White House Chief of Staff Mark Meadows speaks with reporters at the White House, Thursday, Sept. 17, 2020, in Washington.Alex Brandon/AP
Trump hailed his ex-chief of staff’s memoir as an “incredible” present in October.
He’s now calling it “fake news” after Meadows revealed Trump tested positive for COVID in September 2020.Advertisement
Trump tested positive and then negative on September 26, three days before a presidential debate.
In October, former President Donald Trump hailed his fourth and final chief of staff Mark Meadows’ forthcoming book as an “incredible” present for those who want to learn about “politics” and “truth.” He’s now throwing it under the bus as “fake news.”
“The Chief’s Chief would make an incredible Christmas present, and with United States supply lines totally dead, and with thousands of ships having no way of unloading because of incompetent leadership, you will have no other thing you can buy anyway,” Trump wrote in a statement promoting the book on October 13. “Seriously, it’s a fantastic book, and Mark Meadows and his wonderful wife Debbie are great people.”
Meadows did indeed reveal at least one very unwelcome truth bomb: that Trump tested positive for COVID-19 on September 26, three days before his first presidential debate against Joe Biden.
“The story of me having COVID prior to, or during, the first debate is Fake News. In fact, a test revealed that I did not have COVID prior to the debate,” Trump said in a Wednesday morning statement in response to a story about the book from the Guardian.
Trump saying that “a test revealed” he did not have COVID-19 before the debate does not disprove Meadows’ account of him initially testing positive.
The ex-chief of staff recounts in his book that he thought Trump looked “a little tired” and maybe had a mild cold on September 26th, but got the test result as Trump was en route to a rally in Middletown, Pennsylvania,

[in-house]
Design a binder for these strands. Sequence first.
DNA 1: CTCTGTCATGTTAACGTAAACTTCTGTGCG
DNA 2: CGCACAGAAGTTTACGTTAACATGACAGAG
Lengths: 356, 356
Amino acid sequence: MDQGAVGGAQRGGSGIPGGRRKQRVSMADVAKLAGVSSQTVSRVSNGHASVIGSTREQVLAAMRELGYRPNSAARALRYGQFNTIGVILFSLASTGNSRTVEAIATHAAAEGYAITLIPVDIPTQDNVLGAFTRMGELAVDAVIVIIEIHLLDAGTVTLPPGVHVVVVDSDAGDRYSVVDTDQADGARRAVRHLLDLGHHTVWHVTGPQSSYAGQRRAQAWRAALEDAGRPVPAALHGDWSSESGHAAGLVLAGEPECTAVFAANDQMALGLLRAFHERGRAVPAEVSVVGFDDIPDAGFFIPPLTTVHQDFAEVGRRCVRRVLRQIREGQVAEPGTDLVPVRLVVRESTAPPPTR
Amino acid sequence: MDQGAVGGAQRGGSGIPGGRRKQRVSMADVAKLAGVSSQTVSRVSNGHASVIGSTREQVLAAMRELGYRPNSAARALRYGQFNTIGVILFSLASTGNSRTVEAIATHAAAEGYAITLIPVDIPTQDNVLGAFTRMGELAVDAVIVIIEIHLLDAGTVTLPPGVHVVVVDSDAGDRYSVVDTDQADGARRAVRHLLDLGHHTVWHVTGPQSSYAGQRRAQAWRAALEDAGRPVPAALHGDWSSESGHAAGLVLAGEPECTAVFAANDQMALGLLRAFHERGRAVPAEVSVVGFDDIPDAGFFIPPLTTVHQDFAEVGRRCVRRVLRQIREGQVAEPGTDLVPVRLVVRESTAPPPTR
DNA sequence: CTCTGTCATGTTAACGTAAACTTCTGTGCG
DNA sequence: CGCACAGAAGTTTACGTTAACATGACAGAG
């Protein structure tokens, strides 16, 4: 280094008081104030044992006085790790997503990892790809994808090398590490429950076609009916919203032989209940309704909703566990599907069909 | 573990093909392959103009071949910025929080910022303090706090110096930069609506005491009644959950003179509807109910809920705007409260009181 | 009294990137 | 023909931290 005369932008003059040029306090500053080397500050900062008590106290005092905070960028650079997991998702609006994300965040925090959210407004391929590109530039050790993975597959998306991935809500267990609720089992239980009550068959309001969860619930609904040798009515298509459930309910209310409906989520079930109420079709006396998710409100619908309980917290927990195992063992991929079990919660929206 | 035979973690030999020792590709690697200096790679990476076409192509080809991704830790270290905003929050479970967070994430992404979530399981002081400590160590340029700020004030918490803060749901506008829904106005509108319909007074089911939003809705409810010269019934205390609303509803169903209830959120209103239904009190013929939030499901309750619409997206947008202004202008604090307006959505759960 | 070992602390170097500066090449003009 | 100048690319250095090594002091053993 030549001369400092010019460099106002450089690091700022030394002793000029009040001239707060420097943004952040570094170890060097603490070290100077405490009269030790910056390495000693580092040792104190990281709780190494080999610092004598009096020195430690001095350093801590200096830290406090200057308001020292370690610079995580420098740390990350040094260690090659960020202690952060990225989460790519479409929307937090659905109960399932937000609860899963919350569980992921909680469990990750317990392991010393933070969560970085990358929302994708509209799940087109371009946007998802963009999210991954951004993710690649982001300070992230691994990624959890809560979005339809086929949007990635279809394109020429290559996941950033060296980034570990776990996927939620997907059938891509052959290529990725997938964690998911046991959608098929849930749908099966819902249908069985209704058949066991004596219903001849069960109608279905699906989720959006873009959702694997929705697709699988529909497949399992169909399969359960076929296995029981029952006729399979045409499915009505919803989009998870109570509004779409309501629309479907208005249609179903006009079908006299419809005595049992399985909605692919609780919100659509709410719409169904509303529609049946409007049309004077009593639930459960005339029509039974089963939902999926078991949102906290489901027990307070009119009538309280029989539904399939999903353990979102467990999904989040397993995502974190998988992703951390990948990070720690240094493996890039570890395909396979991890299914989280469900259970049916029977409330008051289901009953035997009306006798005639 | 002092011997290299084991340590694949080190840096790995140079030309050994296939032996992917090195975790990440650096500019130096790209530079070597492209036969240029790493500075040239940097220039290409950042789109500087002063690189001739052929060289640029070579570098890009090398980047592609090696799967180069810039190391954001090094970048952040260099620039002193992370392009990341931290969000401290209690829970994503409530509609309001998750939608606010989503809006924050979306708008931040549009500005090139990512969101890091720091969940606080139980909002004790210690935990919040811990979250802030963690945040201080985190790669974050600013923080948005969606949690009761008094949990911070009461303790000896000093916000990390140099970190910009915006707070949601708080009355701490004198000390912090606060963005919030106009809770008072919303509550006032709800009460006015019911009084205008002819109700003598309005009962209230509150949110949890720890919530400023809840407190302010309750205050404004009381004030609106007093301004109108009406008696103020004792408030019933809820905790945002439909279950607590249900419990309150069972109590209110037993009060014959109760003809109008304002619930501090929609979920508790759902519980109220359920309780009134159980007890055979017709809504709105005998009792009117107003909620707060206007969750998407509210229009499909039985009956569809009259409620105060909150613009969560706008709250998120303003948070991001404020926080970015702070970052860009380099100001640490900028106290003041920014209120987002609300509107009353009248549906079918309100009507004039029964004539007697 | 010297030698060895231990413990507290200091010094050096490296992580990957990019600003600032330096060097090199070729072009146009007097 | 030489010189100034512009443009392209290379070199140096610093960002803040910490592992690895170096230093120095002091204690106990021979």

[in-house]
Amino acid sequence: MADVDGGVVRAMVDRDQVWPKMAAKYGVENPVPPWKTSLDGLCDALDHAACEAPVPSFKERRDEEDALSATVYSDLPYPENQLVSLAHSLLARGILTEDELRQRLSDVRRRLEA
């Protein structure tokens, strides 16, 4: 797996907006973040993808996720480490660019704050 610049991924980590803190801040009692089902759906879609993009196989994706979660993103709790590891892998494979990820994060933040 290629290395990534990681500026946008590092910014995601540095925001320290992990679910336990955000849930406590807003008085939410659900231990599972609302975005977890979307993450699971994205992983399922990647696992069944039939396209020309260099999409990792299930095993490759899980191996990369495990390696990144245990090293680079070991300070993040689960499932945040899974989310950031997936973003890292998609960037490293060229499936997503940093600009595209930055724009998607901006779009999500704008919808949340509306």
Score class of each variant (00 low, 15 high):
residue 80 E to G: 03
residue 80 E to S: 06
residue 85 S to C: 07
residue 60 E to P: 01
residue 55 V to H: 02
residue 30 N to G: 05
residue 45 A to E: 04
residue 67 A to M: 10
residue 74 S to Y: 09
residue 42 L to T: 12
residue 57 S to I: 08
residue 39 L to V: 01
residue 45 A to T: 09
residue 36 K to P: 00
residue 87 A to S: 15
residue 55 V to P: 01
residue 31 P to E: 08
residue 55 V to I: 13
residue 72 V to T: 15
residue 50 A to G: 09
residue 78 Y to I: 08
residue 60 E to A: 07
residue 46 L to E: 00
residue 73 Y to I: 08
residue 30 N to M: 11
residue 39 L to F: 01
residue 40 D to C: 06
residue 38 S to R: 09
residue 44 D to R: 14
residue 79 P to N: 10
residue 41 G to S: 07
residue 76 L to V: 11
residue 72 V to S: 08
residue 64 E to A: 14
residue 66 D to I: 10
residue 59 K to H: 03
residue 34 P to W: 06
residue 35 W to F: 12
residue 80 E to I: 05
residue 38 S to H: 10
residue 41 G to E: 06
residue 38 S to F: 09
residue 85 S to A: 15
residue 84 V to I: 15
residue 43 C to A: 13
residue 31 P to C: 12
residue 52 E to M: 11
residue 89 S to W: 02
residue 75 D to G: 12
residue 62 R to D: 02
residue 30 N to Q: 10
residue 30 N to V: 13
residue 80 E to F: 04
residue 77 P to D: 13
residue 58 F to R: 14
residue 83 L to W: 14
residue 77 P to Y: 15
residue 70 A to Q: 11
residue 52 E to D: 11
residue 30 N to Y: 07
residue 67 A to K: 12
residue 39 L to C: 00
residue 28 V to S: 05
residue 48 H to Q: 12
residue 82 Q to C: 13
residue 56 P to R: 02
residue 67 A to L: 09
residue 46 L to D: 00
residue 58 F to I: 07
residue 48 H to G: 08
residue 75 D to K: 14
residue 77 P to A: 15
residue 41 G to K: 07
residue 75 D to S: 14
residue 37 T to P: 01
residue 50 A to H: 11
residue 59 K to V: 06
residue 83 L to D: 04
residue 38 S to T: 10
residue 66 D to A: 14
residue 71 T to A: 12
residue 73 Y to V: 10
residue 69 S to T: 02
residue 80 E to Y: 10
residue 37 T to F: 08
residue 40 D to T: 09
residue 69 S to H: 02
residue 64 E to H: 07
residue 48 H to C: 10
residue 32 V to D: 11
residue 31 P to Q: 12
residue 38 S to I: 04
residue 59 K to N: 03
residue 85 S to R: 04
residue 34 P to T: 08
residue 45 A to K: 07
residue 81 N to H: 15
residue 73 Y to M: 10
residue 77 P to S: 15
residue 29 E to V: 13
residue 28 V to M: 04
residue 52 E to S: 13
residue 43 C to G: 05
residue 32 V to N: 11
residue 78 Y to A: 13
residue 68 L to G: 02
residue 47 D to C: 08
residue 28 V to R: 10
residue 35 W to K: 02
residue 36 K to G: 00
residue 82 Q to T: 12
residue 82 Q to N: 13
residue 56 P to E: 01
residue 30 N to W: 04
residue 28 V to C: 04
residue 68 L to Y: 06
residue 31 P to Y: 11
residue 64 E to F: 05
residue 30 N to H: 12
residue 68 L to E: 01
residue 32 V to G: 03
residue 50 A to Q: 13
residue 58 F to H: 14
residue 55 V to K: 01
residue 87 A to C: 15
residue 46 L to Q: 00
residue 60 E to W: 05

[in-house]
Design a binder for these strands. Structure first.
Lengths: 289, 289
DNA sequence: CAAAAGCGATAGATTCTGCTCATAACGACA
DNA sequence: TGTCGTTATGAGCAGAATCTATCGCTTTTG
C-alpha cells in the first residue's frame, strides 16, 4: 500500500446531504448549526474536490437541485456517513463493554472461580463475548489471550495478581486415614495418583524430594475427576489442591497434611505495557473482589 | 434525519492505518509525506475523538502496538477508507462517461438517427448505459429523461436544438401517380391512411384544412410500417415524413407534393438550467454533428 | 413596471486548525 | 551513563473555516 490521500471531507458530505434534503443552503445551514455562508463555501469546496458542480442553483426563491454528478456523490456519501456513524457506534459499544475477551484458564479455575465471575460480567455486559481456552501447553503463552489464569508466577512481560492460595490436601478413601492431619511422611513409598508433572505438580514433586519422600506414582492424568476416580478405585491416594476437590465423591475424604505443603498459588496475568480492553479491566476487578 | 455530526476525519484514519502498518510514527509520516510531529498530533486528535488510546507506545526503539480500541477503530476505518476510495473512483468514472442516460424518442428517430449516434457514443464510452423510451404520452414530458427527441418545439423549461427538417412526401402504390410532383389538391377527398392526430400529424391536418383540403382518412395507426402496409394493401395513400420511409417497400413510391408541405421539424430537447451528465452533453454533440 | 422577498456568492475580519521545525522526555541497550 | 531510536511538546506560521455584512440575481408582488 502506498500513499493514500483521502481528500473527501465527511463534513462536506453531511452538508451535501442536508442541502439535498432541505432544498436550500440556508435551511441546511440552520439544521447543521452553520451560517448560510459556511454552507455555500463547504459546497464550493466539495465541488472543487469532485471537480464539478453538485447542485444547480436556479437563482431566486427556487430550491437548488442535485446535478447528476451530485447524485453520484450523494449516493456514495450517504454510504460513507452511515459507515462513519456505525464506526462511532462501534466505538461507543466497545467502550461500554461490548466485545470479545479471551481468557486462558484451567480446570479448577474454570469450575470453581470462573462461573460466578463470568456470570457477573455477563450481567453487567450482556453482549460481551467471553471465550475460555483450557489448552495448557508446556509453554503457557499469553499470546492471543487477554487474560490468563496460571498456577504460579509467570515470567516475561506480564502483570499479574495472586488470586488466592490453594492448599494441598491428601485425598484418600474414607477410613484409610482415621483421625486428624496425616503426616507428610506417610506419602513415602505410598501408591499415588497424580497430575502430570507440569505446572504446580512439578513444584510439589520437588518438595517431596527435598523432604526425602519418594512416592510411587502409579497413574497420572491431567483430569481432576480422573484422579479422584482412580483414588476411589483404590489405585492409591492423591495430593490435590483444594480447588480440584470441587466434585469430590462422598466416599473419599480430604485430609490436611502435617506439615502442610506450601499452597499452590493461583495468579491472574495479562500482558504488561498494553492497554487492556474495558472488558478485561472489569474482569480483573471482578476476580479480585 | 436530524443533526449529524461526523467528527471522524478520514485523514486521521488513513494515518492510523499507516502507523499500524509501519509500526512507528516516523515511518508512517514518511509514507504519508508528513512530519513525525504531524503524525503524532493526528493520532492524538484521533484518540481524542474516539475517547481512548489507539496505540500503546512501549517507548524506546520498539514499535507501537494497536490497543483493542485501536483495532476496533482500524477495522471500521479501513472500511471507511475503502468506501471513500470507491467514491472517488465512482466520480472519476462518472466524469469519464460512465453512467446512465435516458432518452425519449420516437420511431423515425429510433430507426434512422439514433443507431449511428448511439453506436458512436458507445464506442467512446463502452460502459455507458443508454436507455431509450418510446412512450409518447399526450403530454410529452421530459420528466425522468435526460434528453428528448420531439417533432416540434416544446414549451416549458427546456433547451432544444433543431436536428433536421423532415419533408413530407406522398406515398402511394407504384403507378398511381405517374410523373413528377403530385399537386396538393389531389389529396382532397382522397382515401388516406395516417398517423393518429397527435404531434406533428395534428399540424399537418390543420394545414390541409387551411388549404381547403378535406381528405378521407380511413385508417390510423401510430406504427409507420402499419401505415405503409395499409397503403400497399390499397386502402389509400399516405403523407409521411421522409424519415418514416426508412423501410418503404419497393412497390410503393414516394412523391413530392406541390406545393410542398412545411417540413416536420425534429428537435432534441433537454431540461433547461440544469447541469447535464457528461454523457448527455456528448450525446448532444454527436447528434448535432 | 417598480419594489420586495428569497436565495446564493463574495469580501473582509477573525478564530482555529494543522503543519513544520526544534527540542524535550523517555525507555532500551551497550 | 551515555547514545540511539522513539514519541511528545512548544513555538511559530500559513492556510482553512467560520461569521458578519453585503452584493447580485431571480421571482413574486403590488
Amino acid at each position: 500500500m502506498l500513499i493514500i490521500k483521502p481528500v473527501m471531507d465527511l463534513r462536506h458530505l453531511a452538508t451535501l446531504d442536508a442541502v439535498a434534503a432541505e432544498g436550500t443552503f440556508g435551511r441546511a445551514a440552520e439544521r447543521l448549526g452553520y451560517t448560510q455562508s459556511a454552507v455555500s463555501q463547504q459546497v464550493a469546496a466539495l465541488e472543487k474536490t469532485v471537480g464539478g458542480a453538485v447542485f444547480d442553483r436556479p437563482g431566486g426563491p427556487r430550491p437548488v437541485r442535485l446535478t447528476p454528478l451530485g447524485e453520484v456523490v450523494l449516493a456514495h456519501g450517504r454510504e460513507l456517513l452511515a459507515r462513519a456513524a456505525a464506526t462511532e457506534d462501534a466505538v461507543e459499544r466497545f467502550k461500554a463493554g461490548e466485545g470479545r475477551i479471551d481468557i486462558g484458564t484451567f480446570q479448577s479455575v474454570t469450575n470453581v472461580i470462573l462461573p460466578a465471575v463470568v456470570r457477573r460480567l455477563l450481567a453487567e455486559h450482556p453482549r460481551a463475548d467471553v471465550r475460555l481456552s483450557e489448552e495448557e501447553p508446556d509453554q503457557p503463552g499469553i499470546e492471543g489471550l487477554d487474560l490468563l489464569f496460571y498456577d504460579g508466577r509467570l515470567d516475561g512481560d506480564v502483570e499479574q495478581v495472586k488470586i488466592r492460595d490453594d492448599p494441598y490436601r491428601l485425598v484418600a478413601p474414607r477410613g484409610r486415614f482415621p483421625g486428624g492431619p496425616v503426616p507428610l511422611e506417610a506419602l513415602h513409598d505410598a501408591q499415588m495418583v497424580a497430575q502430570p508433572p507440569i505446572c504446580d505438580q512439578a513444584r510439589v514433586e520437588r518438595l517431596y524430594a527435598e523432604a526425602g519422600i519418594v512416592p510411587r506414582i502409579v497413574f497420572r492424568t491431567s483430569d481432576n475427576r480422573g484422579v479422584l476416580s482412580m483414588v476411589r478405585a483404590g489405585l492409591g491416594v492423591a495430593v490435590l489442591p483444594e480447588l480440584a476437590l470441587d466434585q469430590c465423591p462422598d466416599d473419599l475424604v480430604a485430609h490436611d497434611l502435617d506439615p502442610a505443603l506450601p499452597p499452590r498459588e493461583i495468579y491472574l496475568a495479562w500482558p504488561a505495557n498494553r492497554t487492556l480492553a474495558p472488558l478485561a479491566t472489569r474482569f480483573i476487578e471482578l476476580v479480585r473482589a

“Stop the president from leaving,” White House physician Sean Conley relayed to Meadows as Trump was on Marine One. “He just tested positive for Covid.”
“Mr President,” Meadows recalls saying, “I’ve got some bad news. You’ve tested positive for Covid-19.”
Meadows, an Evangelical Christian who does not curse, sums up Trump’s response as rhyming with “‘Oh spit, you’ve gotta be trucking lidding me,'” according to the Guardian.
Trump, according to Meadows, took a second test on the plane that came back negative. It’s unclear how much time passed between the two tests.
The initial positive result was never disclosed to the organizers of the September 29 debate in Cleveland, Ohio, which required participants to test negative 72 hours beforehand, or to the public.
While Trump felt like he could return to business as usual and move on, Meadows said he “instructed everyone in his immediate circle to treat him as if he was positive.”
“I didn’t want to take any unnecessary risks,” Meadows wrote, according to the Guardian, “but I also didn’t want to alarm the public if there was nothing to worry about – which according to the new, much more accurate test, there was not.”
On October 1, just a few days later, the former president publicly announced that he, along with former First Lady Melania Trump, tested positive for COVID-19.
Their infections were part of a larger outbreak among White House staff and others apparently stemming from a Rose Garden and White House celebration for then-Supreme Court nominee Amy Coney Barrett.
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